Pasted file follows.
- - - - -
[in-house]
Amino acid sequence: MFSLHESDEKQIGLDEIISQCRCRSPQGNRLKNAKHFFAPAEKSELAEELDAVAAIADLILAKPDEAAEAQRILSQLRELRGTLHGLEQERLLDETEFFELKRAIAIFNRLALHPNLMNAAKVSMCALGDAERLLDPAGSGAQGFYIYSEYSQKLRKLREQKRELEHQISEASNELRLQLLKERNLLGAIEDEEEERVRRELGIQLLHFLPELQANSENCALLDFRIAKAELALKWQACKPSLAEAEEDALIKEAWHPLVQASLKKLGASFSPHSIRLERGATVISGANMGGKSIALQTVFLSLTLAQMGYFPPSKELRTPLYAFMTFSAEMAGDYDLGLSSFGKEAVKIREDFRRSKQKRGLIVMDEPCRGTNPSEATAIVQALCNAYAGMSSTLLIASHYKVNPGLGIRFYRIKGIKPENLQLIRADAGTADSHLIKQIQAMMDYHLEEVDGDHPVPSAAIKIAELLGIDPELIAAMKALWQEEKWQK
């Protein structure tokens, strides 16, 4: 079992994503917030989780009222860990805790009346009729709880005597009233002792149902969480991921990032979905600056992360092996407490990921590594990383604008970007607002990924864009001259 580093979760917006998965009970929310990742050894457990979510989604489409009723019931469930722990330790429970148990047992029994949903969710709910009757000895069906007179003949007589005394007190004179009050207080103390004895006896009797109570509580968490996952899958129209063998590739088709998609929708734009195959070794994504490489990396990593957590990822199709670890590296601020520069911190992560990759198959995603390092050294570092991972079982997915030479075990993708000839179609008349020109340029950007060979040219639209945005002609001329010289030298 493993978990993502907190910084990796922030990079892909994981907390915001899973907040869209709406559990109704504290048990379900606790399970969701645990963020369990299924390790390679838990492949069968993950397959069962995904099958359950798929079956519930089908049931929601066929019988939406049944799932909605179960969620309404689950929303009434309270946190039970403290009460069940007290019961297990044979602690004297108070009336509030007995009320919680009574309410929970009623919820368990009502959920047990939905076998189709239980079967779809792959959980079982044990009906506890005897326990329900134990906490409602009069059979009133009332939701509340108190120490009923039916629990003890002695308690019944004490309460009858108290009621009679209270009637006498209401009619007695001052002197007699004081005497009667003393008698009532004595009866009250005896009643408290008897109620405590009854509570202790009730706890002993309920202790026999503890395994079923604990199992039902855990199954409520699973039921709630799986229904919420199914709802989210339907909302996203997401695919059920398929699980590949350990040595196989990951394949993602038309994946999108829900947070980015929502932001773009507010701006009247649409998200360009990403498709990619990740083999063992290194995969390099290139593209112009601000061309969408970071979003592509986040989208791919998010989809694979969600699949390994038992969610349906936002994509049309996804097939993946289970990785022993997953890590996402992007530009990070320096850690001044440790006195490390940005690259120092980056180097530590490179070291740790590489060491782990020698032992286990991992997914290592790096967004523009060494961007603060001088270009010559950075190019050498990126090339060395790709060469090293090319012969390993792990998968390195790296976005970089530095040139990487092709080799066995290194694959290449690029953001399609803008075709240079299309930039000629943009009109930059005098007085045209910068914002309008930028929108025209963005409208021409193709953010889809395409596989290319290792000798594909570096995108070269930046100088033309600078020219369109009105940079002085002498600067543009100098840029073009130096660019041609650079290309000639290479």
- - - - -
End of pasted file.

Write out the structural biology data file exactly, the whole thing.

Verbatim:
[in-house]
Amino acid sequence: MFSLHESDEKQIGLDEIISQCRCRSPQGNRLKNAKHFFAPAEKSELAEELDAVAAIADLILAKPDEAAEAQRILSQLRELRGTLHGLEQERLLDETEFFELKRAIAIFNRLALHPNLMNAAKVSMCALGDAERLLDPAGSGAQGFYIYSEYSQKLRKLREQKRELEHQISEASNELRLQLLKERNLLGAIEDEEEERVRRELGIQLLHFLPELQANSENCALLDFRIAKAELALKWQACKPSLAEAEEDALIKEAWHPLVQASLKKLGASFSPHSIRLERGATVISGANMGGKSIALQTVFLSLTLAQMGYFPPSKELRTPLYAFMTFSAEMAGDYDLGLSSFGKEAVKIREDFRRSKQKRGLIVMDEPCRGTNPSEATAIVQALCNAYAGMSSTLLIASHYKVNPGLGIRFYRIKGIKPENLQLIRADAGTADSHLIKQIQAMMDYHLEEVDGDHPVPSAAIKIAELLGIDPELIAAMKALWQEEKWQK
């Protein structure tokens, strides 16, 4: 079992994503917030989780009222860990805790009346009729709880005597009233002792149902969480991921990032979905600056992360092996407490990921590594990383604008970007607002990924864009001259 580093979760917006998965009970929310990742050894457990979510989604489409009723019931469930722990330790429970148990047992029994949903969710709910009757000895069906007179003949007589005394007190004179009050207080103390004895006896009797109570509580968490996952899958129209063998590739088709998609929708734009195959070794994504490489990396990593957590990822199709670890590296601020520069911190992560990759198959995603390092050294570092991972079982997915030479075990993708000839179609008349020109340029950007060979040219639209945005002609001329010289030298 493993978990993502907190910084990796922030990079892909994981907390915001899973907040869209709406559990109704504290048990379900606790399970969701645990963020369990299924390790390679838990492949069968993950397959069962995904099958359950798929079956519930089908049931929601066929019988939406049944799932909605179960969620309404689950929303009434309270946190039970403290009460069940007290019961297990044979602690004297108070009336509030007995009320919680009574309410929970009623919820368990009502959920047990939905076998189709239980079967779809792959959980079982044990009906506890005897326990329900134990906490409602009069059979009133009332939701509340108190120490009923039916629990003890002695308690019944004490309460009858108290009621009679209270009637006498209401009619007695001052002197007699004081005497009667003393008698009532004595009866009250005896009643408290008897109620405590009854509570202790009730706890002993309920202790026999503890395994079923604990199992039902855990199954409520699973039921709630799986229904919420199914709802989210339907909302996203997401695919059920398929699980590949350990040595196989990951394949993602038309994946999108829900947070980015929502932001773009507010701006009247649409998200360009990403498709990619990740083999063992290194995969390099290139593209112009601000061309969408970071979003592509986040989208791919998010989809694979969600699949390994038992969610349906936002994509049309996804097939993946289970990785022993997953890590996402992007530009990070320096850690001044440790006195490390940005690259120092980056180097530590490179070291740790590489060491782990020698032992286990991992997914290592790096967004523009060494961007603060001088270009010559950075190019050498990126090339060395790709060469090293090319012969390993792990998968390195790296976005970089530095040139990487092709080799066995290194694959290449690029953001399609803008075709240079299309930039000629943009009109930059005098007085045209910068914002309008930028929108025209963005409208021409193709953010889809395409596989290319290792000798594909570096995108070269930046100088033309600078020219369109009105940079002085002498600067543009100098840029073009130096660019041609650079290309000639290479």